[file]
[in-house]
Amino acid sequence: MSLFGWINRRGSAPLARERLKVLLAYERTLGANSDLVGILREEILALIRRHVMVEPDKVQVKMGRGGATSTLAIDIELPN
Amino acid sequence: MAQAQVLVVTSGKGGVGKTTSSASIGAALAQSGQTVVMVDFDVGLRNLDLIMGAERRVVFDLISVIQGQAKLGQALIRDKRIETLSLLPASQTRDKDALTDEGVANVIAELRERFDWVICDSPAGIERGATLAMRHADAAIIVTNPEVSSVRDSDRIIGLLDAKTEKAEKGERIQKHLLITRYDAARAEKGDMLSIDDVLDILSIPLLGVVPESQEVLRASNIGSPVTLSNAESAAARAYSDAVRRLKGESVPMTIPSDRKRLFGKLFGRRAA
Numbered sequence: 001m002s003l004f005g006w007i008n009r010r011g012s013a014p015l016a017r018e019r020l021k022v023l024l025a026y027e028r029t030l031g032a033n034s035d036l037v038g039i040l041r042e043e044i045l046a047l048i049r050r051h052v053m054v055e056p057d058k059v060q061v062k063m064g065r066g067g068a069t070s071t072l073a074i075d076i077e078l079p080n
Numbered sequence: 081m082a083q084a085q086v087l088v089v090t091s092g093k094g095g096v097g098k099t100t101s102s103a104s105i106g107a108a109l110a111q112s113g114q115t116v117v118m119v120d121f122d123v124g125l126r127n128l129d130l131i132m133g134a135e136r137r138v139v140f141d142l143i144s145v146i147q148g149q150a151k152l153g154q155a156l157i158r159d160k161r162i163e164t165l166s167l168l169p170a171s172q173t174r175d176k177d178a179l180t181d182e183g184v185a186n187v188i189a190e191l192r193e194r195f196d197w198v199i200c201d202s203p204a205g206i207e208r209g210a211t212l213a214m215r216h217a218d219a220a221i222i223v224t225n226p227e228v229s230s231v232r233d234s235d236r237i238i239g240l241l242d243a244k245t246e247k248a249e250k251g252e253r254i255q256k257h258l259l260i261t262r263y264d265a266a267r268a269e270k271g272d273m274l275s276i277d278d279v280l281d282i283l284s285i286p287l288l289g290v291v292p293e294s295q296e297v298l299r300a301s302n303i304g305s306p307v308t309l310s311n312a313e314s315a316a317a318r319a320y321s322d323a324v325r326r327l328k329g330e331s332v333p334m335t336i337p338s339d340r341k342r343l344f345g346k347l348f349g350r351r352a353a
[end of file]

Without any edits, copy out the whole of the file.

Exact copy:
[in-house]
Amino acid sequence: MSLFGWINRRGSAPLARERLKVLLAYERTLGANSDLVGILREEILALIRRHVMVEPDKVQVKMGRGGATSTLAIDIELPN
Amino acid sequence: MAQAQVLVVTSGKGGVGKTTSSASIGAALAQSGQTVVMVDFDVGLRNLDLIMGAERRVVFDLISVIQGQAKLGQALIRDKRIETLSLLPASQTRDKDALTDEGVANVIAELRERFDWVICDSPAGIERGATLAMRHADAAIIVTNPEVSSVRDSDRIIGLLDAKTEKAEKGERIQKHLLITRYDAARAEKGDMLSIDDVLDILSIPLLGVVPESQEVLRASNIGSPVTLSNAESAAARAYSDAVRRLKGESVPMTIPSDRKRLFGKLFGRRAA
Numbered sequence: 001m002s003l004f005g006w007i008n009r010r011g012s013a014p015l016a017r018e019r020l021k022v023l024l025a026y027e028r029t030l031g032a033n034s035d036l037v038g039i040l041r042e043e044i045l046a047l048i049r050r051h052v053m054v055e056p057d058k059v060q061v062k063m064g065r066g067g068a069t070s071t072l073a074i075d076i077e078l079p080n
Numbered sequence: 081m082a083q084a085q086v087l088v089v090t091s092g093k094g095g096v097g098k099t100t101s102s103a104s105i106g107a108a109l110a111q112s113g114q115t116v117v118m119v120d121f122d123v124g125l126r127n128l129d130l131i132m133g134a135e136r137r138v139v140f141d142l143i144s145v146i147q148g149q150a151k152l153g154q155a156l157i158r159d160k161r162i163e164t165l166s167l168l169p170a171s172q173t174r175d176k177d178a179l180t181d182e183g184v185a186n187v188i189a190e191l192r193e194r195f196d197w198v199i200c201d202s203p204a205g206i207e208r209g210a211t212l213a214m215r216h217a218d219a220a221i222i223v224t225n226p227e228v229s230s231v232r233d234s235d236r237i238i239g240l241l242d243a244k245t246e247k248a249e250k251g252e253r254i255q256k257h258l259l260i261t262r263y264d265a266a267r268a269e270k271g272d273m274l275s276i277d278d279v280l281d282i283l284s285i286p287l288l289g290v291v292p293e294s295q296e297v298l299r300a301s302n303i304g305s306p307v308t309l310s311n312a313e314s315a316a317a318r319a320y321s322d323a324v325r326r327l328k329g330e331s332v333p334m335t336i337p338s339d340r341k342r343l344f345g346k347l348f349g350r351r352a353a